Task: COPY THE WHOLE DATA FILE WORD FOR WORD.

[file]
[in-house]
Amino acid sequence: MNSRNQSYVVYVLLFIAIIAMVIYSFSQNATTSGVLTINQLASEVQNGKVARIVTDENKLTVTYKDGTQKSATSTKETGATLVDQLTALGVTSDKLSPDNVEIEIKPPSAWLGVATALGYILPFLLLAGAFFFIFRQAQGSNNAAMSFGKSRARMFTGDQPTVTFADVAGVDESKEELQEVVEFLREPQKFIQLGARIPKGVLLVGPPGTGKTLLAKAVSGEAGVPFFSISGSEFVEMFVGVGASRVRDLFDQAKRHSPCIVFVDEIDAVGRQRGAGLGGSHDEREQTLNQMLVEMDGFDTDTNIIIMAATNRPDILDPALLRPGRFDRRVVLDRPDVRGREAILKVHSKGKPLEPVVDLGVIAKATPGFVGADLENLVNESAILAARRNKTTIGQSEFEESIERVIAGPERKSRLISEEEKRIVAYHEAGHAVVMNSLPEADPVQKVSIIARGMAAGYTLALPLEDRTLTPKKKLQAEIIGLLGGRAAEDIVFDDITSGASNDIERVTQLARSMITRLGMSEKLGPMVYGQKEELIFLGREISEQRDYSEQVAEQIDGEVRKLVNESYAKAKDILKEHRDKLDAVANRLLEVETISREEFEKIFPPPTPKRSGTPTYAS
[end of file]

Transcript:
[in-house]
Amino acid sequence: MNSRNQSYVVYVLLFIAIIAMVIYSFSQNATTSGVLTINQLASEVQNGKVARIVTDENKLTVTYKDGTQKSATSTKETGATLVDQLTALGVTSDKLSPDNVEIEIKPPSAWLGVATALGYILPFLLLAGAFFFIFRQAQGSNNAAMSFGKSRARMFTGDQPTVTFADVAGVDESKEELQEVVEFLREPQKFIQLGARIPKGVLLVGPPGTGKTLLAKAVSGEAGVPFFSISGSEFVEMFVGVGASRVRDLFDQAKRHSPCIVFVDEIDAVGRQRGAGLGGSHDEREQTLNQMLVEMDGFDTDTNIIIMAATNRPDILDPALLRPGRFDRRVVLDRPDVRGREAILKVHSKGKPLEPVVDLGVIAKATPGFVGADLENLVNESAILAARRNKTTIGQSEFEESIERVIAGPERKSRLISEEEKRIVAYHEAGHAVVMNSLPEADPVQKVSIIARGMAAGYTLALPLEDRTLTPKKKLQAEIIGLLGGRAAEDIVFDDITSGASNDIERVTQLARSMITRLGMSEKLGPMVYGQKEELIFLGREISEQRDYSEQVAEQIDGEVRKLVNESYAKAKDILKEHRDKLDAVANRLLEVETISREEFEKIFPPPTPKRSGTPTYAS